“But you still need horticulture knowledge and green fingers because if something in the system doesn’t function, you really need someone who can steer the product in the right way.
“What you see in North America and Canada, which are big markets for us, is that most of the lettuce, leafy greens and salad that is produced comes from California. The produce is in a truck for five days before it reach cities like Chicago and Saskatoon in this case, and it’s not as fresh as if you would harvest it on demand and then straight away give it to the consumer. That’s a big advantage when you’re in a remote area.”
In contrast, the indoor vertical farms of the US and Europe, are known as “plant factories” in China and Japan, where the focus is more about food safety and getting access to fresh produce in massively populated urban areas like Singapore and Tokyo.
“In Asia they typically talk about “plant factories” and like the controlled conditions and the safety aspects. That’s basically the idea; they want to push food safety and accessibility.
“Whereas in the US it’s more about being local, in Asia the focus is on food safety and accessibility to food is really important.
“We had a lot of customers in Japan with a lot of operational indoor farms.”
Over the last two years, Philips Lighting has seen increasing interest, not just from growers supplying the market, but from retailers and food processors.
Last month during Fruit Logistica, Philips Lighting and the Staay Food Group announced Europe’s first large-scale vertical farm will be built in Dronten, the Netherlands, to serve supermarkets with fresh-cut lettuce grown using LED horticultural lighting.
The indoor vertical farm will have more than 3,000 squared metres of growing space to produce its pesticide-free lettuce – something that appeals to retailers who need to provide high quality bagged or loose lettuce with zero contamination issues.
“When we first met the owner of Staay he wanted to tap into the possibilities of growing in an indoor farm and we started discussing it. Eventually he decided to build a farm and his key reason was that so he could grow locally in the facility where he also uses his pre-cuts salad.
“The level of MRLs on the leaves is really low which is a big added value for them going forward with stricter rules from retail and of course there are no bugs.
“If we play with our grow recipes, we can also extend the shelf life of lettuce, get more dry matter into the lettuce, get it crispier; it’s exactly the same process as growing outside but it’s controlled so if we know what triggers red colouration in a plant for example, we can use a specific light recipe to trigger that colouration and get a nicer colour or trigger dry matter so the shelf life is extended.”
Once the facility is complete, the Staay Food Group can do everything under one roof; grow, pack, process with very low risk of contamination from the pesticide-free lettuce.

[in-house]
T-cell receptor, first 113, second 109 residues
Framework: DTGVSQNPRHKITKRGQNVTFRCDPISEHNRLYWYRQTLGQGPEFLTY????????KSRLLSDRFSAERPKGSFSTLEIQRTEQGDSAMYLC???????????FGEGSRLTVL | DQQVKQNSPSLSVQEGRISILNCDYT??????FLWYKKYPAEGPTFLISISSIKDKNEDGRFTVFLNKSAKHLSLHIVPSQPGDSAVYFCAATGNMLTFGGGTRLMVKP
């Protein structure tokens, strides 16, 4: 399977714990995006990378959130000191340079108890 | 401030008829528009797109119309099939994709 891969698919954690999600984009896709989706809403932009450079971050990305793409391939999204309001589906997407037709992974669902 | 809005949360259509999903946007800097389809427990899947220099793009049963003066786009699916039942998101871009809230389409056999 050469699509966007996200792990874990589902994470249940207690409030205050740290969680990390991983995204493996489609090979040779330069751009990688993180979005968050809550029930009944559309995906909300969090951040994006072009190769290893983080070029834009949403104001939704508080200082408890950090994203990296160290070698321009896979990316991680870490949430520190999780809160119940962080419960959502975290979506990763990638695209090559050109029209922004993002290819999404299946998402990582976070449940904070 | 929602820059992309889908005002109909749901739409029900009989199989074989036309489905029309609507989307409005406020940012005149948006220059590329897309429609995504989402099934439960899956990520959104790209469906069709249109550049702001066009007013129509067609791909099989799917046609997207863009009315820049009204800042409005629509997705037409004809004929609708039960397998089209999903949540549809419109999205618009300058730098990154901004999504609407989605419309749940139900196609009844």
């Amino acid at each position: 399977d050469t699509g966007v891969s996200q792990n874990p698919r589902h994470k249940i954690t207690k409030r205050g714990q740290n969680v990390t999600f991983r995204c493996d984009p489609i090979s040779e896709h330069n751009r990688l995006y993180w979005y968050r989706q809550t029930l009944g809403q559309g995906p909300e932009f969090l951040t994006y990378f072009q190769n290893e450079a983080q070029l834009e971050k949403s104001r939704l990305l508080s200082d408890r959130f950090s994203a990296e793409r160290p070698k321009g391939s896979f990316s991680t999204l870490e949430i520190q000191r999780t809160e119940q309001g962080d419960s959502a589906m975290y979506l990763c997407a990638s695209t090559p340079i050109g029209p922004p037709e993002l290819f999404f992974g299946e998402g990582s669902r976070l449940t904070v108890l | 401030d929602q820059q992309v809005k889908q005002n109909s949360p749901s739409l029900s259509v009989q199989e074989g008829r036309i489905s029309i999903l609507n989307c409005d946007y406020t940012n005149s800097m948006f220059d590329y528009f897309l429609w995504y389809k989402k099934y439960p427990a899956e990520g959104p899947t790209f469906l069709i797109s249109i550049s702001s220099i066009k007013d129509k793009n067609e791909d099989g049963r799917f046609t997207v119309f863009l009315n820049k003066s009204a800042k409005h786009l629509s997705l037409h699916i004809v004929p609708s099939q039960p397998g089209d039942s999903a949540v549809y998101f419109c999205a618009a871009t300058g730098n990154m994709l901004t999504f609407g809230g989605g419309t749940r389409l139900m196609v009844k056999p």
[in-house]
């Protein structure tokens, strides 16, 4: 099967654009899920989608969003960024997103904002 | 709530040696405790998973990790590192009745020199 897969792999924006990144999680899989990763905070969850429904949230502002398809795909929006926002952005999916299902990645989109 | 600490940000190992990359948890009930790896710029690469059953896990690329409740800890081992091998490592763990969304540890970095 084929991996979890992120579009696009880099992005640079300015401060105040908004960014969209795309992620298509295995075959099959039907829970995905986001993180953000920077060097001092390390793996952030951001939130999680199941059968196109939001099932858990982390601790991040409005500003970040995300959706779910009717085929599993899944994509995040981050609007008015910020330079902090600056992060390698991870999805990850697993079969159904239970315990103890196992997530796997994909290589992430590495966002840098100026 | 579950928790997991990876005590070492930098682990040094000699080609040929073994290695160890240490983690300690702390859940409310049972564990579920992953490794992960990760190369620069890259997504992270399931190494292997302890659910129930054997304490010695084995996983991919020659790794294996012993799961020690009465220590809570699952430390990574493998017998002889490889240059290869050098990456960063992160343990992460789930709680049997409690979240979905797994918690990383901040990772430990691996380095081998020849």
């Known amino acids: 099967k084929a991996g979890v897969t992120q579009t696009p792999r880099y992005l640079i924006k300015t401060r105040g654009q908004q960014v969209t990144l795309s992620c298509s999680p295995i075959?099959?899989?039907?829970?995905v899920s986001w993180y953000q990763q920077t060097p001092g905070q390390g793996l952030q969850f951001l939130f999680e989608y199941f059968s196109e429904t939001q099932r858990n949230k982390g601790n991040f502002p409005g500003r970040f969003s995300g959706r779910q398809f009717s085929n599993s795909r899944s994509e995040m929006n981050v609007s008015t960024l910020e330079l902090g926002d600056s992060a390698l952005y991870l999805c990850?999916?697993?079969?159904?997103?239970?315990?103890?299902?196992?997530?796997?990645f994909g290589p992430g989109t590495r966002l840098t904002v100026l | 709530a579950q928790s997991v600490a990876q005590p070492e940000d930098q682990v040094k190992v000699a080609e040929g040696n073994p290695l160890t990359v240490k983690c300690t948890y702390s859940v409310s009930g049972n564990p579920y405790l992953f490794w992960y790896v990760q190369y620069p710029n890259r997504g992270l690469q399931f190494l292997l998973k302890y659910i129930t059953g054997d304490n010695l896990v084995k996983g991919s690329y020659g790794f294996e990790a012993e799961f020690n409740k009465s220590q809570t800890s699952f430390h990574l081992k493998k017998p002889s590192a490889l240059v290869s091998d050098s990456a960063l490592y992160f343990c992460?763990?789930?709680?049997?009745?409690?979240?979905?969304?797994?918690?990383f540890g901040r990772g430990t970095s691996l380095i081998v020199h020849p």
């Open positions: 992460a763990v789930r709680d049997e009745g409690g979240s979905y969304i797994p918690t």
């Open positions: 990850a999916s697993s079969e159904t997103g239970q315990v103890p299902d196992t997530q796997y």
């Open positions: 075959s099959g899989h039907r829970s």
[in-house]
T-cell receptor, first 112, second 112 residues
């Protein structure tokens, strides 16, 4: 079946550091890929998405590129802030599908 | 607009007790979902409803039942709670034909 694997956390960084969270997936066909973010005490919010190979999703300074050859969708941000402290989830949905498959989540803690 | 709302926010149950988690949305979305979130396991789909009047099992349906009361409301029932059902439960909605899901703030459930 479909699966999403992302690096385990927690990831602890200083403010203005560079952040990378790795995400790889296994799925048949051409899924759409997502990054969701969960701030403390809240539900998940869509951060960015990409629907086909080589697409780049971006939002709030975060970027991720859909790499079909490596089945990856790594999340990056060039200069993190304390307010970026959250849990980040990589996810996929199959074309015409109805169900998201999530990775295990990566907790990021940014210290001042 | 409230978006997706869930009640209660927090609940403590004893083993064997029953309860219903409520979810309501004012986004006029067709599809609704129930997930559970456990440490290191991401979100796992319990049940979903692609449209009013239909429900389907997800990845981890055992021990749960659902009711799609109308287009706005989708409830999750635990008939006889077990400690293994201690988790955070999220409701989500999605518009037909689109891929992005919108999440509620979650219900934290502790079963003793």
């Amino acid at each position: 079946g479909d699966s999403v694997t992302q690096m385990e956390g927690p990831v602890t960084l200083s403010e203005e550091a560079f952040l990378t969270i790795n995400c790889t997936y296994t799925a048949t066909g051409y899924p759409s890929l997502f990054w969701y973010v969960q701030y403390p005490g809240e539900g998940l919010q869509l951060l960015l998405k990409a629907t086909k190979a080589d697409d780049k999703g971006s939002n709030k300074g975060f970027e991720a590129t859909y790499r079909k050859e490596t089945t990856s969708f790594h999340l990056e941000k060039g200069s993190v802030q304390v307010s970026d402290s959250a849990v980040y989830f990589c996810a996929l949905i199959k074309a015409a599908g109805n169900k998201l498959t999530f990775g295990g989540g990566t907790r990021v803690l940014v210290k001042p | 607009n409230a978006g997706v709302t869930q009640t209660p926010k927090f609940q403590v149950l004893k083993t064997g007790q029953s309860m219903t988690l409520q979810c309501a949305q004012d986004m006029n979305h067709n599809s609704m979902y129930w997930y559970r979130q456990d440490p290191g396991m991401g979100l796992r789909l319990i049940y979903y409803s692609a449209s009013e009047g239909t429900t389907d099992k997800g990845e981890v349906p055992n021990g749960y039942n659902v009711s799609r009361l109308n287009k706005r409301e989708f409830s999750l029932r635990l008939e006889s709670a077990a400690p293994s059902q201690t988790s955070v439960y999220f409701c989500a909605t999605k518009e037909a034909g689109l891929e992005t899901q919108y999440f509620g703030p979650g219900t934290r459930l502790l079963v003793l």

UK loves “home-grown”
Janssen explains, UK-based growers like to market produce as “home-grown”, something that particularly resonates with the British market. But why do vertical farms tend to focus on salad crops, microgreens and herbs?
“In the UK we also see that it’s a real added value to have UK-grown products and there are companies growing other crops apart from lettuce and herbs such as Flavour Fresh which grows tomatoes year round using our LED solutions.
“Typically a leafy green is produced within three to five weeks and cucumbers after a few weeks already started giving fruits. We’re also investigating growing fruiting crops but because of the speed or the short crop cycles, at least at this point in time, the main focus is on leafy greens because they offer the biggest opportunities.
“We managed to grow strawberries in our GrowWise facility, but the difficulty of growing completely without daylight is that it’s better to have fast rotating crops with really high yields that you can improve because the economics around it are much more interesting.”
Taking the case of strawberries, Janssen, explains the challenges associated with growing this kind of fruit.
“If you put the seed into a substrate and the strawberry needs two months before it starts fruiting, during those two months you need to put on your lights and climate system, whereas with lettuce, leafy greens and short cucumbers, they’re really fast in how they rotate.
“We’re not saying that we can feed the masses with this but it is a market where there is added value to be found. In Asia it’s mostly about food safety and availability, in the US it’s mostly about the local movement and pesticide-free production, but in Europe it’s for processed optimisation.
“Growers in Europe are triggered by retail to look into this technology and they are stepping into the business. We expect this to grow when Staay is operational later this year because I think they will set the standard in the level of contamination you can have on a leaf which is very close to zero at that point.”